Little Rock School District teachers plan "a walk-in" at 7:30 a.m. Wednesday as a show of solidarity for students and traditional public schools, the Little Rock Education Association announced on its Facebook page.
The district employee union has invited community members to join the educators to participate in the walk-in protest, where employees and others enter the workplace together.
"The Governor and his appointed state board attempted to re-segregate Little Rock students, but the union and the community stood together to stop those efforts," the union's post stated.
"Now, we must come together again in solidarity as one Little Rock School District to show the Governor and those who wish to privatize our public schools that we will do whatever is necessary to protect our students' futures."
Little Rock Superintendent Mike Poore said Monday that the district would "try to celebrate" the walk-in as a way to get more people involved in the public schools, such as volunteers for an upcoming reading event.
He said he would view the walk-in as "positive."
The Little Rock district, classified by the state as a district in "Level 5 -- in need of intensive support," has been under state control and without an elected school board since January 2015.
That's because six of its then 48 schools had chronically low achievement on state tests.
While the district has been under state control, some of those original schools classified as failing have improved, but the number of schools considered failing has increased to eight.
On Oct. 10, the state Board of Education agreed to put the district in a limited form of local control under an elected school board, with an election in November 2020. The state board also agreed to work with the district and Little Rock Mayor Frank Scott Jr.'s office to create some community schools offering enhanced services.
The state board also decided Oct. 10 to end the union's 50-year role as negotiator of employee contracts, effective with the expiration of the contract last Thursday.
Employee and community discontent over the state board decisions on limited control and union recognition sparked talk of a potential teacher strike.
The district prepared for the possibility of a strike by trying to sign up people to work as teachers, saying classes would be held if there were a work stoppage.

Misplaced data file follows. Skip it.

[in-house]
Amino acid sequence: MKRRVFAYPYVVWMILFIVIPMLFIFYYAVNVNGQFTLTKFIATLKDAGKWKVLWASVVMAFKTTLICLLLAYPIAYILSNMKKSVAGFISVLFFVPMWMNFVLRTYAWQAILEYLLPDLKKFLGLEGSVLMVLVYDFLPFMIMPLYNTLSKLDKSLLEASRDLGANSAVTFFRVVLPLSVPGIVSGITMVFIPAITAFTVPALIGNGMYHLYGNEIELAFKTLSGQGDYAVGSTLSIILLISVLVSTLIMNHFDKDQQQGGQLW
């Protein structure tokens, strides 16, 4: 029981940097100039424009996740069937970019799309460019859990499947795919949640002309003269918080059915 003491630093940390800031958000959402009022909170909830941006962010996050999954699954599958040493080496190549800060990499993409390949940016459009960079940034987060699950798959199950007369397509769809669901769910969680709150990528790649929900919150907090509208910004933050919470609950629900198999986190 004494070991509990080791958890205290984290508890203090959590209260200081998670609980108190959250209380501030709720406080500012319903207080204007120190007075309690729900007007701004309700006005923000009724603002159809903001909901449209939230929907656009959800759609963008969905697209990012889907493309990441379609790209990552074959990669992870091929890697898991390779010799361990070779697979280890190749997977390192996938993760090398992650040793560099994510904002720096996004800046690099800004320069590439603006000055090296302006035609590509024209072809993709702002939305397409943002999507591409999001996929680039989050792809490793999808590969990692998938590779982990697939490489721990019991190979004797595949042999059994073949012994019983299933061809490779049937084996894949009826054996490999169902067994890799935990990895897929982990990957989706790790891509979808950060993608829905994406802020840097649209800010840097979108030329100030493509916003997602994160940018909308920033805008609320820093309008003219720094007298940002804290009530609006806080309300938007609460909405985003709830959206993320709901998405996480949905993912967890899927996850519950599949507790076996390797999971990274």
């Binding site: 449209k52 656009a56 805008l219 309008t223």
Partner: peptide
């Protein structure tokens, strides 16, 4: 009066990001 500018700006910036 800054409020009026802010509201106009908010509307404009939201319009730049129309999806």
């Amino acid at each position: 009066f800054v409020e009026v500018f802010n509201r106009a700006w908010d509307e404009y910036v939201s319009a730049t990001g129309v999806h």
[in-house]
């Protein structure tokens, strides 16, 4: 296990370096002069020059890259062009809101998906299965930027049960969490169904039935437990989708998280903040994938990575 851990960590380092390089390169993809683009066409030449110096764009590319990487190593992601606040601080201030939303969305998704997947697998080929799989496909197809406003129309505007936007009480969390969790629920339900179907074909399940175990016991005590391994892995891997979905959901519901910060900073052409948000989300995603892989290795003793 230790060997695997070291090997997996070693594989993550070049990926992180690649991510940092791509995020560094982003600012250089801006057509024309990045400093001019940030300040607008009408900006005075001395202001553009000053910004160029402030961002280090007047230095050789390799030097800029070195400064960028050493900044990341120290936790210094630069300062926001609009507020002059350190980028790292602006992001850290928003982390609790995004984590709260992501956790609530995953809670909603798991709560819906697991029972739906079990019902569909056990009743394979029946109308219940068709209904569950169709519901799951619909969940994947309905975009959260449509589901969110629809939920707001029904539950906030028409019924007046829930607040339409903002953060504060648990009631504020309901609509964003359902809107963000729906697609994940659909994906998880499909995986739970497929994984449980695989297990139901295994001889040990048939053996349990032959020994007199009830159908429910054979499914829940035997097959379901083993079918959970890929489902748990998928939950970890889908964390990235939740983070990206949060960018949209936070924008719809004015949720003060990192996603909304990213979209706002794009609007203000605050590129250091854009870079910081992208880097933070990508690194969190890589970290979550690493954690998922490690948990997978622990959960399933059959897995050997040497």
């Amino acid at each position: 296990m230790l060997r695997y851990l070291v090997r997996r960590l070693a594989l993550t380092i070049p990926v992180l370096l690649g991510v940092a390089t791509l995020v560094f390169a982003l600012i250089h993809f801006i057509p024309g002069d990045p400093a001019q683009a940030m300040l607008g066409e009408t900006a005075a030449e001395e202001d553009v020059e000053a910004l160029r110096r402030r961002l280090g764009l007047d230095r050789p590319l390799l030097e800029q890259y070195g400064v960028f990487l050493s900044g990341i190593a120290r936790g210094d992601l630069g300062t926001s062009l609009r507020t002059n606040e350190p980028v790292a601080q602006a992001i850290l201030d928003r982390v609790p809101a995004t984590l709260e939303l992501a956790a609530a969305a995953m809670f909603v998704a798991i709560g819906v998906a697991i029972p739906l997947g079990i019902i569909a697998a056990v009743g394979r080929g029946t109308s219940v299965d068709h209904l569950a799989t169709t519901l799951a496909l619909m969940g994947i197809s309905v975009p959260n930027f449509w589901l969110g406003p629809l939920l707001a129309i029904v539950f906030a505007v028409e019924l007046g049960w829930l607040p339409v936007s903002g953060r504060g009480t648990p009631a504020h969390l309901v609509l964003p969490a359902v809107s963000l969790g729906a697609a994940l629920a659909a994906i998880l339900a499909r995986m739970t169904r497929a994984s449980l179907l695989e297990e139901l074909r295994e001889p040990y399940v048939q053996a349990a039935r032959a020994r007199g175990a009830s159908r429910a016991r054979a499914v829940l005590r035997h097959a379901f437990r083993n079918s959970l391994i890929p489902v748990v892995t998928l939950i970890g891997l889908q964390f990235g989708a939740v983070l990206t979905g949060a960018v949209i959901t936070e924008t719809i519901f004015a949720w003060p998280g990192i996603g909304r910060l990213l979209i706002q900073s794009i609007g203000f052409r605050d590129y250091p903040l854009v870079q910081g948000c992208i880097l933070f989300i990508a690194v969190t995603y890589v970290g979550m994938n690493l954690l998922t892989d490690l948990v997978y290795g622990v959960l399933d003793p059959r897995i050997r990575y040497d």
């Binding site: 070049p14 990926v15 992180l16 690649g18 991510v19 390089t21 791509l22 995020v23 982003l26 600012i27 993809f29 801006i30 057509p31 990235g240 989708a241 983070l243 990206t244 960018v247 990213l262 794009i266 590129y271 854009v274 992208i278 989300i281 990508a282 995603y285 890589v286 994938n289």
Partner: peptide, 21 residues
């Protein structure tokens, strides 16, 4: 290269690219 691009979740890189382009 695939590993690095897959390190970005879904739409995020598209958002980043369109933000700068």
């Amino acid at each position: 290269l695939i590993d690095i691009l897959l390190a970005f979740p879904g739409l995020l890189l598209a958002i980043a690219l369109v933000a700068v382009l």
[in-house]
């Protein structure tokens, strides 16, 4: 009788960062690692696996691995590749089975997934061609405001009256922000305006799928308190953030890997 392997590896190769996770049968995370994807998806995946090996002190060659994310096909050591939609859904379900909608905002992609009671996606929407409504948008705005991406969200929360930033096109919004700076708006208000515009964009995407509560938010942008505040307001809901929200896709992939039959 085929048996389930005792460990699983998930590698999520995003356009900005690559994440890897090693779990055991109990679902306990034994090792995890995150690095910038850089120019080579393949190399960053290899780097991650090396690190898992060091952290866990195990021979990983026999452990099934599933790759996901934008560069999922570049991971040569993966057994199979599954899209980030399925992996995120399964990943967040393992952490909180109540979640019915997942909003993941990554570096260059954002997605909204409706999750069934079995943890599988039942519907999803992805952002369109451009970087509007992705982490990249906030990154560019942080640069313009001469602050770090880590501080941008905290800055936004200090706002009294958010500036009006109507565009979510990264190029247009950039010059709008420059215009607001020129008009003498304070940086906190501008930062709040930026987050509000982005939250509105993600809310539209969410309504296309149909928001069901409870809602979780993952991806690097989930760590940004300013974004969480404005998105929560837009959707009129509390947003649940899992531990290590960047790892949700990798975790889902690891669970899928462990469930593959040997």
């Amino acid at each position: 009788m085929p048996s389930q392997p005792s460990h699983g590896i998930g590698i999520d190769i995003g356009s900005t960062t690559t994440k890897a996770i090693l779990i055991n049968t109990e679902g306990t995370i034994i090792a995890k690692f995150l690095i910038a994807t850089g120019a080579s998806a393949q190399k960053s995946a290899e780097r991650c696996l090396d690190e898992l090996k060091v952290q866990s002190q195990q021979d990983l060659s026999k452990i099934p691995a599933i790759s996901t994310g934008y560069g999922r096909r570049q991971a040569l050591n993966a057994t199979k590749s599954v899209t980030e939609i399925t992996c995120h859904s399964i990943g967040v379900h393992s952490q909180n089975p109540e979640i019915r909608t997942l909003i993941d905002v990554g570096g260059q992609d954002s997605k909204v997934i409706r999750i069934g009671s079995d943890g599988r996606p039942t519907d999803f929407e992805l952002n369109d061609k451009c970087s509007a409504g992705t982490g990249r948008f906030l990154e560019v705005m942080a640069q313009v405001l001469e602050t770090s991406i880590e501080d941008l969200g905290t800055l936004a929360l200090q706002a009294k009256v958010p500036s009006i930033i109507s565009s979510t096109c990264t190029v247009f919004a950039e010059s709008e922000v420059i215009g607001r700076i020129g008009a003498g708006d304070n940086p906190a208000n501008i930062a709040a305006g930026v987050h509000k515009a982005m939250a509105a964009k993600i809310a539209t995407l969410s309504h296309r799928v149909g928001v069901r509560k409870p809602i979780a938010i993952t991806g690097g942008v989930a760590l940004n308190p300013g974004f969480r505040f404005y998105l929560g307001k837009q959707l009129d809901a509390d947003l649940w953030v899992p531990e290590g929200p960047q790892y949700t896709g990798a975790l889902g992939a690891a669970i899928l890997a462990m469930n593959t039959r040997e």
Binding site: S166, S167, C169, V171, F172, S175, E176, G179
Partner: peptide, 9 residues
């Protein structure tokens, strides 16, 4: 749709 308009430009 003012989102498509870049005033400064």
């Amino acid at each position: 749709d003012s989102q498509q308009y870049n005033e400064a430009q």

Little Rock Education Association President Teresa Knapp Gordon did not return a message seeking comment Monday.
In an interview with the Democrat-Gazette on Thursday, regarding questions about what happens without the union involved in negotiating employee contracts, Gordon said, in part, "We still will represent our members in grievances and disciplinary actions. They still have the right to that representation as members and under state law."
Gordon had said the association will continue to advocate for students, which she said means she will still confer regularly with Poore and state Education Secretary Johnny Key on issues involving students, teachers and learning conditions in the schools. Key serves as the school board for the state-run district.
"That's not going to change just because they withdrew recognition," she said, referring to her conferring with officials. "All withdrawal of recognition means is that they withdrew our right to negotiate a contract."
That responsibility, she said, will now go to a personnel policy committee, which she said could wind up with at least one -- if not more -- Little Rock Education Association members sitting on it.
Poore said Monday was a good day. He visited two schools -- Mann Middle School and Carver Magnet Elementary School.
Districtwide, preliminary figures show attendance was down about 1,800 students, about 300 more than average.
Poore said he did not know why, but he said rumors of a strike and illness may have contributed to the slightly larger number of absences Monday.
Information for this article was contributed by Nyssa Kruse and Dale Ellis of the Arkansas Democrat-Gazette.
Metro on 11/05/2019